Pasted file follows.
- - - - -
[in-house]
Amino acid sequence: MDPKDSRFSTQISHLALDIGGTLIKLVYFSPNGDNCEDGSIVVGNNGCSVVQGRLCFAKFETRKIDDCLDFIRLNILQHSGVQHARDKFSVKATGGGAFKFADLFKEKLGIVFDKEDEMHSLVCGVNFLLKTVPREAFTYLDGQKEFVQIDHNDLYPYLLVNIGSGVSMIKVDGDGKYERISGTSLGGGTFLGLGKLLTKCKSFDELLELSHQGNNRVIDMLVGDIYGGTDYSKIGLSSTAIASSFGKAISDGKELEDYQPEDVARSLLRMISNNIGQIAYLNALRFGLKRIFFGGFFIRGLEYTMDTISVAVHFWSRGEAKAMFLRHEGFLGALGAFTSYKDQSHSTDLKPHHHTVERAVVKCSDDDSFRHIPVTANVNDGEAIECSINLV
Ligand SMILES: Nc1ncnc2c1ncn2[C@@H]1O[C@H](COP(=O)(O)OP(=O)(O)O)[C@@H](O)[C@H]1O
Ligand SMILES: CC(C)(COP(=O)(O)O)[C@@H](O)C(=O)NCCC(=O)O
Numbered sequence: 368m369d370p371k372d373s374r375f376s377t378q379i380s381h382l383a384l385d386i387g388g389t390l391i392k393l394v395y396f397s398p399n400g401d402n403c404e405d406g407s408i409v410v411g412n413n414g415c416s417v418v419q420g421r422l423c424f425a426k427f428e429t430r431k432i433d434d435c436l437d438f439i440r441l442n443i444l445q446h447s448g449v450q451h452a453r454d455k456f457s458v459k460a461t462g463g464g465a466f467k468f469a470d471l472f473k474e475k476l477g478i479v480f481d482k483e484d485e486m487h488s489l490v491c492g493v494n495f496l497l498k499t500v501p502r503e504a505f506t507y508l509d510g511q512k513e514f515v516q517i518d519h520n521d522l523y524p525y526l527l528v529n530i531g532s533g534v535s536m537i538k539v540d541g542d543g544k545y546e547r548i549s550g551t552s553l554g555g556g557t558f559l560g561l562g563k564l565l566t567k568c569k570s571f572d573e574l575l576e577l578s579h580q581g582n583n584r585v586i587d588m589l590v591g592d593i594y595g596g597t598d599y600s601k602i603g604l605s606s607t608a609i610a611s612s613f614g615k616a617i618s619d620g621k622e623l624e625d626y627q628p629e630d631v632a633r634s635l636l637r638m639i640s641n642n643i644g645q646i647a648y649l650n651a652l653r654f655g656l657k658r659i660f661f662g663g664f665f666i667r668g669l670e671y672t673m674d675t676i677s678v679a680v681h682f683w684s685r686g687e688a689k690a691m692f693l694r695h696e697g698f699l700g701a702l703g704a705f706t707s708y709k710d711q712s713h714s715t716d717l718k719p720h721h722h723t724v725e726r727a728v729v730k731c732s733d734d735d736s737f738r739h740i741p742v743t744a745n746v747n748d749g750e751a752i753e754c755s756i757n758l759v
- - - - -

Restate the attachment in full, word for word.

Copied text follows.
[in-house]
Amino acid sequence: MDPKDSRFSTQISHLALDIGGTLIKLVYFSPNGDNCEDGSIVVGNNGCSVVQGRLCFAKFETRKIDDCLDFIRLNILQHSGVQHARDKFSVKATGGGAFKFADLFKEKLGIVFDKEDEMHSLVCGVNFLLKTVPREAFTYLDGQKEFVQIDHNDLYPYLLVNIGSGVSMIKVDGDGKYERISGTSLGGGTFLGLGKLLTKCKSFDELLELSHQGNNRVIDMLVGDIYGGTDYSKIGLSSTAIASSFGKAISDGKELEDYQPEDVARSLLRMISNNIGQIAYLNALRFGLKRIFFGGFFIRGLEYTMDTISVAVHFWSRGEAKAMFLRHEGFLGALGAFTSYKDQSHSTDLKPHHHTVERAVVKCSDDDSFRHIPVTANVNDGEAIECSINLV
Ligand SMILES: Nc1ncnc2c1ncn2[C@@H]1O[C@H](COP(=O)(O)OP(=O)(O)O)[C@@H](O)[C@H]1O
Ligand SMILES: CC(C)(COP(=O)(O)O)[C@@H](O)C(=O)NCCC(=O)O
Numbered sequence: 368m369d370p371k372d373s374r375f376s377t378q379i380s381h382l383a384l385d386i387g388g389t390l391i392k393l394v395y396f397s398p399n400g401d402n403c404e405d406g407s408i409v410v411g412n413n414g415c416s417v418v419q420g421r422l423c424f425a426k427f428e429t430r431k432i433d434d435c436l437d438f439i440r441l442n443i444l445q446h447s448g449v450q451h452a453r454d455k456f457s458v459k460a461t462g463g464g465a466f467k468f469a470d471l472f473k474e475k476l477g478i479v480f481d482k483e484d485e486m487h488s489l490v491c492g493v494n495f496l497l498k499t500v501p502r503e504a505f506t507y508l509d510g511q512k513e514f515v516q517i518d519h520n521d522l523y524p525y526l527l528v529n530i531g532s533g534v535s536m537i538k539v540d541g542d543g544k545y546e547r548i549s550g551t552s553l554g555g556g557t558f559l560g561l562g563k564l565l566t567k568c569k570s571f572d573e574l575l576e577l578s579h580q581g582n583n584r585v586i587d588m589l590v591g592d593i594y595g596g597t598d599y600s601k602i603g604l605s606s607t608a609i610a611s612s613f614g615k616a617i618s619d620g621k622e623l624e625d626y627q628p629e630d631v632a633r634s635l636l637r638m639i640s641n642n643i644g645q646i647a648y649l650n651a652l653r654f655g656l657k658r659i660f661f662g663g664f665f666i667r668g669l670e671y672t673m674d675t676i677s678v679a680v681h682f683w684s685r686g687e688a689k690a691m692f693l694r695h696e697g698f699l700g701a702l703g704a705f706t707s708y709k710d711q712s713h714s715t716d717l718k719p720h721h722h723t724v725e726r727a728v729v730k731c732s733d734d735d736s737f738r739h740i741p742v743t744a745n746v747n748d749g750e751a752i753e754c755s756i757n758l759v